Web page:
timhorton

By Mark Peranson

Wherein Guy Maddin, Evan Johnson, and Galen Johnson give Paul Gross’ wannabe populist war epic Hyena Road a right and proper cuadecuc-ing. Who would have thought Pere Portabella’s legendary experiment shot on the set of Jess Franco’s Count Dracula (1970) would inspire not one, but two films at this year’s TIFF—well, three, if you include Ben Rivers’ short A Distant Episode alongside his feature The Sky Trembles and the Earth Is Afraid and the Two Eyes Are Not Brothers (which, likewise, is also inspired in part by Sam Peckinpah: a worm’s tail indeed!). Along with being fucking hilarious, Bring Me the Head of Tim Horton (a.k.a. Gross and Grosser) is a bona fide exploration into the depiction of violence in the cinema (video or emulsion, doesn’t matter), doing for the war film what Portabella did for the vampire movie. Does this make Stephen Harper a present-day Francisco Franco? You make the call.

Shot on the margins of the Jordanian shoot of Gross’ big-budget production, this mash-up is pitched as a kind of literal director’s monochromatic fever dream behind the scenes, as Canadians in uniform go about playing real soldiers, stalking their prey video-game-like. Why Maddin is wearing all black in the middle of the desert, lying on the ground supposedly playing a Taliban extra, is one of the many questions the film/installation only partially answers. Other pertinent queries include: Who or what is speaking the pseudo-intellectual gibberish that includes such memorable phrases as “the abandoned chesterfield of ontology?” Why did Paul Gross agree to this in the first place, and how the hell did Maddin and the Johnsons get away with it? Will this ever be shown again in public?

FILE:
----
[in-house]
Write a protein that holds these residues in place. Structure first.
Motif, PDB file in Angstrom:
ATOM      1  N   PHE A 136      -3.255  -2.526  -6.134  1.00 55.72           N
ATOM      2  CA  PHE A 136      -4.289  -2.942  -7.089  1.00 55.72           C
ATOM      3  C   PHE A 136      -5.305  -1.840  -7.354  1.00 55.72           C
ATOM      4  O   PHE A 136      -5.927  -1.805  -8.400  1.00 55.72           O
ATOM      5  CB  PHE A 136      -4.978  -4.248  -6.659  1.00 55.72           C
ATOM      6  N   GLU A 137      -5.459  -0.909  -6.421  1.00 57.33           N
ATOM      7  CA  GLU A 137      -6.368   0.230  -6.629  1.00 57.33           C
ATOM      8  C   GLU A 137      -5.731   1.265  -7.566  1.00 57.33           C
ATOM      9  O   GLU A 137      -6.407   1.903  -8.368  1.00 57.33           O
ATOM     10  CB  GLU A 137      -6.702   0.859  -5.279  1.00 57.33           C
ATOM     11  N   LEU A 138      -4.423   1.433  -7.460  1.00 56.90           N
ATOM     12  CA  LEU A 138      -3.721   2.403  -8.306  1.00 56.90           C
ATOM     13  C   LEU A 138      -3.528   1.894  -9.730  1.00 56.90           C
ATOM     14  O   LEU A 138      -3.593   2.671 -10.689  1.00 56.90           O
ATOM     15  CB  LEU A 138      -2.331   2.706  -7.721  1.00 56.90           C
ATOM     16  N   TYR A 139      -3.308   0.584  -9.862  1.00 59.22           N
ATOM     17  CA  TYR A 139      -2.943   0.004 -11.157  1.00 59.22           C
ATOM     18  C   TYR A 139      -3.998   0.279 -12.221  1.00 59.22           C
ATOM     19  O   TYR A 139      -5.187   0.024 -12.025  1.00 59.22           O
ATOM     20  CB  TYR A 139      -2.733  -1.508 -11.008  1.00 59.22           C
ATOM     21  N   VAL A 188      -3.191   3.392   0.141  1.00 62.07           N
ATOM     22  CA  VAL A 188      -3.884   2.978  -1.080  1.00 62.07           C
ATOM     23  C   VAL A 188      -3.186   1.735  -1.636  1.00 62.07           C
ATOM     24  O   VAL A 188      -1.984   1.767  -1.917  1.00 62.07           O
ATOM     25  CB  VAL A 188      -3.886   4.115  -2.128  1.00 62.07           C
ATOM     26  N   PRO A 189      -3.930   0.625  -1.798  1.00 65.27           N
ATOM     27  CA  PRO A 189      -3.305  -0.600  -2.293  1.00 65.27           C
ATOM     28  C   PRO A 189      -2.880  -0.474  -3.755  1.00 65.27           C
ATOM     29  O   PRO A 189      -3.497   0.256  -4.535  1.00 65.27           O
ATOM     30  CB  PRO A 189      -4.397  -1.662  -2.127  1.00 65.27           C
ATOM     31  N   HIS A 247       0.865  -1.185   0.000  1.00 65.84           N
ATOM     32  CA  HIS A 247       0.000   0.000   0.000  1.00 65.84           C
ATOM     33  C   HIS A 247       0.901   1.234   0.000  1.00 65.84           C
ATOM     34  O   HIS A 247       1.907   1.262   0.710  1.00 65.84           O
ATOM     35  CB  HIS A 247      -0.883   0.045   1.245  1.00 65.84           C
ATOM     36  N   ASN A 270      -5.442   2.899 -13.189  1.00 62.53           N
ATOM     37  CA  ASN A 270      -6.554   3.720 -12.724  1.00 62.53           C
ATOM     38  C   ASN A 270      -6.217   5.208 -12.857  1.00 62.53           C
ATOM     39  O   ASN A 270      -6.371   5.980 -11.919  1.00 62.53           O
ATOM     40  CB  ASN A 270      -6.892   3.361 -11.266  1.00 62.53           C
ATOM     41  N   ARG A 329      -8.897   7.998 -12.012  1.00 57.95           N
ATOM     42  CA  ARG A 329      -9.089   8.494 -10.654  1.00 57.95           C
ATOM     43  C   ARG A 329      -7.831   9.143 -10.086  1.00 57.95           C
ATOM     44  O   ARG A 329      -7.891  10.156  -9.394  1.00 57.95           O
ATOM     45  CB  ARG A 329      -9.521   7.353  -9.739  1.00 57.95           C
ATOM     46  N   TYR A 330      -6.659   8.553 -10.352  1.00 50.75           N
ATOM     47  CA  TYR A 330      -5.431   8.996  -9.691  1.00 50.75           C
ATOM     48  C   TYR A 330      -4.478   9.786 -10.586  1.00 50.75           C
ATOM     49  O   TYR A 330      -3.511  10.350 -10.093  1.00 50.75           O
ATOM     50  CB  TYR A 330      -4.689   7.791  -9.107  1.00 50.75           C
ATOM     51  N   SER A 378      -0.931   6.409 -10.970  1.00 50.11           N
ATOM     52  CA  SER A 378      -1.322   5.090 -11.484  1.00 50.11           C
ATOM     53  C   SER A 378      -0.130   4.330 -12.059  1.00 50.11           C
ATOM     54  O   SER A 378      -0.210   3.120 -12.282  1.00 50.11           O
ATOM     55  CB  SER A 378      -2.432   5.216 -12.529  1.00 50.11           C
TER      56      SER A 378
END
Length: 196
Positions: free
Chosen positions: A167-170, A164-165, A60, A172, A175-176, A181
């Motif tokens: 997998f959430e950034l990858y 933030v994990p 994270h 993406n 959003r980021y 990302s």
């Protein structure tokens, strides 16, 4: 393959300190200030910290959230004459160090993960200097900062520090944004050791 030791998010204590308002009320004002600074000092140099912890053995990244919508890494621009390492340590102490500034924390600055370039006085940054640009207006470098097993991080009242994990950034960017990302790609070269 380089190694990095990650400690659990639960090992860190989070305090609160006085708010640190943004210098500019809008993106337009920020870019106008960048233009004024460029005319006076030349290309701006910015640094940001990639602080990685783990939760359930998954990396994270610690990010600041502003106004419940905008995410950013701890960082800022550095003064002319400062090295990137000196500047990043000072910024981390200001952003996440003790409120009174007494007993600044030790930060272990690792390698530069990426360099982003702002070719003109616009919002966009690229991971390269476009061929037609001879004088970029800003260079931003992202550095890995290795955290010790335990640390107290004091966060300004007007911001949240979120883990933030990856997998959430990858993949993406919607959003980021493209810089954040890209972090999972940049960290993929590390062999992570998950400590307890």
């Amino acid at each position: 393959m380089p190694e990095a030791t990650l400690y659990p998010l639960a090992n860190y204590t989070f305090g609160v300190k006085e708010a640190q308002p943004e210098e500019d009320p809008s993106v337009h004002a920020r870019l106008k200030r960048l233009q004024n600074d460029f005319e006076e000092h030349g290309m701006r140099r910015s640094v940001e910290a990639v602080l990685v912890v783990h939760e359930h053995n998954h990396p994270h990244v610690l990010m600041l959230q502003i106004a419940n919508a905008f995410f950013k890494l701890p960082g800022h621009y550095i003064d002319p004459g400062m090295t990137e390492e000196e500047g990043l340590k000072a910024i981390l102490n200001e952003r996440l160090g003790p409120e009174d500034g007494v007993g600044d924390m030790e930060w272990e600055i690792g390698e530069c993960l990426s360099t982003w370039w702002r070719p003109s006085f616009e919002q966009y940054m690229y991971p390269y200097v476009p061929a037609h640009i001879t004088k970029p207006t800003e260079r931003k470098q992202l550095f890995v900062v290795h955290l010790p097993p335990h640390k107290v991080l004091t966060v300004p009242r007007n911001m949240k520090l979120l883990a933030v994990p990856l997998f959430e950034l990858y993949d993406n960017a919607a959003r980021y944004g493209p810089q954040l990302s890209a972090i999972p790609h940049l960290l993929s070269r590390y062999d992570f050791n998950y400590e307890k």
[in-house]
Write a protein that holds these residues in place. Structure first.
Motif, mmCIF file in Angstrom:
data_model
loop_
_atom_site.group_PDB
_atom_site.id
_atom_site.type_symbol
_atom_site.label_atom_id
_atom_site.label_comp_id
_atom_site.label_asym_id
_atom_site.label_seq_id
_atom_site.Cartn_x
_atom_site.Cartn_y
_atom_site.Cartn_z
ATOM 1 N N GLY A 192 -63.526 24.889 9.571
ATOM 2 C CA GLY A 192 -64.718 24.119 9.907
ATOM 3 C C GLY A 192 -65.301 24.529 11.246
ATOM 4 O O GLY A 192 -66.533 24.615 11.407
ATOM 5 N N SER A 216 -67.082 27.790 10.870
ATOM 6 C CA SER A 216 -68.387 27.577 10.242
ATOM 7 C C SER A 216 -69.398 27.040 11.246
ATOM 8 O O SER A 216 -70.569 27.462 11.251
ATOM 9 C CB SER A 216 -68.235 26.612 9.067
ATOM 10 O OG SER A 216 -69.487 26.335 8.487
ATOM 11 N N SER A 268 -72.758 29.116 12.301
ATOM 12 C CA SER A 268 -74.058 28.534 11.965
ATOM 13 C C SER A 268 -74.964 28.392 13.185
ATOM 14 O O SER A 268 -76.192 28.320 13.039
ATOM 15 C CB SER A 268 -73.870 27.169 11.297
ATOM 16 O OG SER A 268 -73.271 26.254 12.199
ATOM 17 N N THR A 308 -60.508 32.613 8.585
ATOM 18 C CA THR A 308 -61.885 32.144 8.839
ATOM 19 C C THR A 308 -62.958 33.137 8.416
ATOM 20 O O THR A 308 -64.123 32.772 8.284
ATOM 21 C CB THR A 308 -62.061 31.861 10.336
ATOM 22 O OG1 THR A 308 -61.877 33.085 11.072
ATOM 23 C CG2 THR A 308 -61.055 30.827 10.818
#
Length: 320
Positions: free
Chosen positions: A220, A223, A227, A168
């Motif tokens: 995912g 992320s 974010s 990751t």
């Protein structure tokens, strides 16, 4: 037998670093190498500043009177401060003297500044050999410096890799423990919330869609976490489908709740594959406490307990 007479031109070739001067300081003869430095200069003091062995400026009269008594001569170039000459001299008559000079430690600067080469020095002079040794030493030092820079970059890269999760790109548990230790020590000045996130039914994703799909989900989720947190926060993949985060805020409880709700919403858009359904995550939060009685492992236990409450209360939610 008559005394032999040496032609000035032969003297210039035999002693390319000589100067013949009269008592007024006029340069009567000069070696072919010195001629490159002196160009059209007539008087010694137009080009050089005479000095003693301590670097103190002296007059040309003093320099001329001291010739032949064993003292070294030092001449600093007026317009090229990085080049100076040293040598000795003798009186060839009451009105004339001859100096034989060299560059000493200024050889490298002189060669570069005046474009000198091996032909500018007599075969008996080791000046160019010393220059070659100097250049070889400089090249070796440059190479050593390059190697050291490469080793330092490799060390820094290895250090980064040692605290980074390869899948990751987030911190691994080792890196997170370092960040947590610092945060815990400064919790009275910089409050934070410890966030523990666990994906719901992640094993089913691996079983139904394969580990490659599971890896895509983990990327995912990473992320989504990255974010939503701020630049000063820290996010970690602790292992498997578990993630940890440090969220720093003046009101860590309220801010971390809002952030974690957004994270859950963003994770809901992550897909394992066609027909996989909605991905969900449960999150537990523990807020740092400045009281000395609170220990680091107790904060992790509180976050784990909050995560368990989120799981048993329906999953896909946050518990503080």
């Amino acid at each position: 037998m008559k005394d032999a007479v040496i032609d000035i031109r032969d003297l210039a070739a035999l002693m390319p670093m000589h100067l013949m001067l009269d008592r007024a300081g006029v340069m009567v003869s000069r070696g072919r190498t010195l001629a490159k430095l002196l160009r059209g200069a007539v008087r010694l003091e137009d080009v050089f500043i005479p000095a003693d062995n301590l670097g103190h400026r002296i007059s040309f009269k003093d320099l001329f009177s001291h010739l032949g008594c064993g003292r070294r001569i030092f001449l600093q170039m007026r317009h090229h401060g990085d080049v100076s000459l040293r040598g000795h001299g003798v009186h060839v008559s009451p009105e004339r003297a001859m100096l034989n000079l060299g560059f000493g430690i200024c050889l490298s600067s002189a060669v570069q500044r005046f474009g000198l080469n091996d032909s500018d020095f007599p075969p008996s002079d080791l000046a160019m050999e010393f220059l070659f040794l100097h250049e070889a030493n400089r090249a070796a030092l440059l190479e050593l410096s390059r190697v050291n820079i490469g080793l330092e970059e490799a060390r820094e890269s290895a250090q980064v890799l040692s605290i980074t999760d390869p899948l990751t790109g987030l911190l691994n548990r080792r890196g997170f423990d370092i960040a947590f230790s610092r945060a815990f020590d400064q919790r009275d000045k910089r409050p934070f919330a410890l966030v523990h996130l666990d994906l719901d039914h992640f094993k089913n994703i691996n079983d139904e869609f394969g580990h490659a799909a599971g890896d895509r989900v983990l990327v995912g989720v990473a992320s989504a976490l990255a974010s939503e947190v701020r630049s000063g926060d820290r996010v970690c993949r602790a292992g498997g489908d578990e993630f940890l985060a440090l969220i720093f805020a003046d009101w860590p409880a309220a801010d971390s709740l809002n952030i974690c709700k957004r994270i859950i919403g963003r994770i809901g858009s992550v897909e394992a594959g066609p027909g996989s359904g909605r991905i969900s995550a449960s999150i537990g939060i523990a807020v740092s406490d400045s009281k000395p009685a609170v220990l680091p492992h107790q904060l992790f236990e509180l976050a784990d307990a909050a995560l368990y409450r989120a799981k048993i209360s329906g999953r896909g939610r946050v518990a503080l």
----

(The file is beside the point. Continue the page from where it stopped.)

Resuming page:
Bizarrely installed in the lobby of the Bell Lightbox on a lowly flat screen TV next to a massive cardboard digitized head of Paul Gross, and only allowed to be displayed after Gross’ world premiere, Bring Me the Head of Tim Horton deserves to be seen in a cinema, in the middle, if not superimposed atop of, Hyena Road. Maddin et al.’s kind-of making-of job-for-hire (while prostrate on the sand, Maddin says he’s in it for the money, and I hope he actually got paid) subverts the aims of all war films, I assume Hyena Road included. I’ve yet to see Gross’ film and likely never will, doubt Maddin has or cares to, but Adam Nayman’s review can be found here tomorrow. One niggling criticism: at a scant 30 minutes it’s far too short; surely the last sequence could have been extended to encompass the entirety of Guy Lafleur’s “Scoring,” a track from his disco album Lafleur! Despite that, I give Bring Me the Head of Time Horton four-and-a-half stars.